Skip to Content

Sangria Recipes

At the risk of causing disappointment, I have to break it to you: according to Spanish people I’ve known, there isn’t really any single authentic recipe for Sangria. There also isn’t, to my knowledge, a recipe everyone loves.

Sangria drink on cutting board with fruit

There are some basic guidelines that have evolved over the years, but Sangria is really just a form of punch. Like most punches, it’s less about the flavor and nuance than it is about getting people drunk quickly and cheaply. It’s traditionally made from whatever cheap leftover wine and fruit you have that’s about to go bad, and it relies on ingredients like sugar and cinnamon to make it taste good.

Closeup view of Sangria drink on cutting board with fruit

By the way, the Sangria is really a party drink, and not really designed to be ordered in a bar. Making up a batch of this punch and sharing it with friends is the best way to enjoy Sangria.

Full-length view of Sangria drink on cutting board with fruit

Recipe

  • Bottle of cheap dry red table wine (Rioja works well)
  • 1 cup of white rum, whiskey or orange brandy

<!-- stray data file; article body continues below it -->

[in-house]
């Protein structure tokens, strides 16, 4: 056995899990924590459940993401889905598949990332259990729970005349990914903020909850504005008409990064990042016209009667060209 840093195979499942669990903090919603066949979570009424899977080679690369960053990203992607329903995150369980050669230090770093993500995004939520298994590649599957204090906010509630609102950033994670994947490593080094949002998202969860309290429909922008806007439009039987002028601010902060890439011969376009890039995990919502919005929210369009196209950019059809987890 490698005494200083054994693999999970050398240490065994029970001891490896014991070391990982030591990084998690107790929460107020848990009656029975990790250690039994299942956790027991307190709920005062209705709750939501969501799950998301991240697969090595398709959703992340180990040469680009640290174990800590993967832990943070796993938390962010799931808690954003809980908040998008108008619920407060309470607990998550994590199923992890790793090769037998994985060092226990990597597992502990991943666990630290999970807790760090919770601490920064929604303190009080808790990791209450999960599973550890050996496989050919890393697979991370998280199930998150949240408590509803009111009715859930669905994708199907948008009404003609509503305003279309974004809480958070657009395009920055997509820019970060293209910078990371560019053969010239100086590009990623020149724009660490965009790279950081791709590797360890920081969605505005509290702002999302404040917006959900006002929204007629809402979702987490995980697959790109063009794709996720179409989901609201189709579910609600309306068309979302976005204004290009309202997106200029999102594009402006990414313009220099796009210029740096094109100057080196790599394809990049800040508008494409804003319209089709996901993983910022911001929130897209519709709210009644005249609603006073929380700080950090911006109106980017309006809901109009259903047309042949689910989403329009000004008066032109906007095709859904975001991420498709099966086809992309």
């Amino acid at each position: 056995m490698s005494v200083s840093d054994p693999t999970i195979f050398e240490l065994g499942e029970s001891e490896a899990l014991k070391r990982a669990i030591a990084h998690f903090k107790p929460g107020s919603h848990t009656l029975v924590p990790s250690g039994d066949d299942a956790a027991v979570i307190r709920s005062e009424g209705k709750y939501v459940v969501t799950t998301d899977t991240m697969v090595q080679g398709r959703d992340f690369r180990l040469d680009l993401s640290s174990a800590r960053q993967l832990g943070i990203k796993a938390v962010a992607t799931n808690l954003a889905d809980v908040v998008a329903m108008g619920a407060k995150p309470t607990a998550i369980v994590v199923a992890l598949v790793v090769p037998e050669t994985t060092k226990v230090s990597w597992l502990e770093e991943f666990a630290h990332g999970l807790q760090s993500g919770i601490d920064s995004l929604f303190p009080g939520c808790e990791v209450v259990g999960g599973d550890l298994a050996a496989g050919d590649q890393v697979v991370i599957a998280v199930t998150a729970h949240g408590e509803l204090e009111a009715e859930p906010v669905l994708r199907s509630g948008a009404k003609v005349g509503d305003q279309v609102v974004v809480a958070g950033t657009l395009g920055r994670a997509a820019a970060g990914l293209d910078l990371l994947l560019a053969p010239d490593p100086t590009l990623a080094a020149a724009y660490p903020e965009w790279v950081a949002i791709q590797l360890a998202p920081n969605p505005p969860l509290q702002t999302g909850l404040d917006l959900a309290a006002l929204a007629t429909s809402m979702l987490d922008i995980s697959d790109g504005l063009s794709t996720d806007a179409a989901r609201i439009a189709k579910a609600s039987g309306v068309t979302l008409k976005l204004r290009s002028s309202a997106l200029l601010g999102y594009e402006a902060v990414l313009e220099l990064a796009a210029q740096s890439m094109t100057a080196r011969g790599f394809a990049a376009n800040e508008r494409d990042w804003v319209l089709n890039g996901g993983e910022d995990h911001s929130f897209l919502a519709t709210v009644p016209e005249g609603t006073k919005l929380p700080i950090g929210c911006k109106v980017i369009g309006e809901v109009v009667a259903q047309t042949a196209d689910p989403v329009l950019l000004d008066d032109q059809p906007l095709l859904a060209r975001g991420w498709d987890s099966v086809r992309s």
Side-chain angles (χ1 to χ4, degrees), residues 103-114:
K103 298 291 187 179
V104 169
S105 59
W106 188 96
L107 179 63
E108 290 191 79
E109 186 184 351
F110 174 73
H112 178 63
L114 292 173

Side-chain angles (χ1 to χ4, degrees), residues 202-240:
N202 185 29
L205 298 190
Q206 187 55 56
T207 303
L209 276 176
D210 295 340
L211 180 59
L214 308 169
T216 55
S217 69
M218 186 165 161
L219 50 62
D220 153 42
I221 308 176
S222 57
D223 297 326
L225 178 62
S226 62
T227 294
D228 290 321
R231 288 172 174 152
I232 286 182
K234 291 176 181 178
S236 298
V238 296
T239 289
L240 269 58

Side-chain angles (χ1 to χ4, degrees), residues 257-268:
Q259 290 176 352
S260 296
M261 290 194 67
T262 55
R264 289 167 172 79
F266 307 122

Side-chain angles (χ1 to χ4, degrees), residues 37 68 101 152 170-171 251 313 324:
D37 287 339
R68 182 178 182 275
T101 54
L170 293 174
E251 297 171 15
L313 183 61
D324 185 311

• 1/4 cup sugar (you can use table sugar, but a turbinado sugar ground up fine has more flavor)
  • 4 cinnamon sticks
  • 1 orange, sliced thin
  • 1 lemon, sliced thin
  • 1 mango, sliced thin
  • Optional: up to 16 ounces of club soda or 7-up

Notes: some recipes leave out some or all of the fruit and add triple sec or orange juice. Others don’t include cinnamon sticks, but cinnamon can help “marry” any ingredients that aren’t getting along too well. Fruits can vary: apples are a good addition/replacement. Some people add other spices, like nutmeg.

Instructions: Mix the ingredients up well in a big pitcher or container. Let it stand in the fridge for 24 hours for best results. Serve it within about three days of when you made it. In theory, it should stay okay up to a week, but in practice I wouldn’t make it more than a day ahead of when I’m planning to serve it. Serve it over ice.

Feel free to tinker with the recipe and fine-tune it to what you like.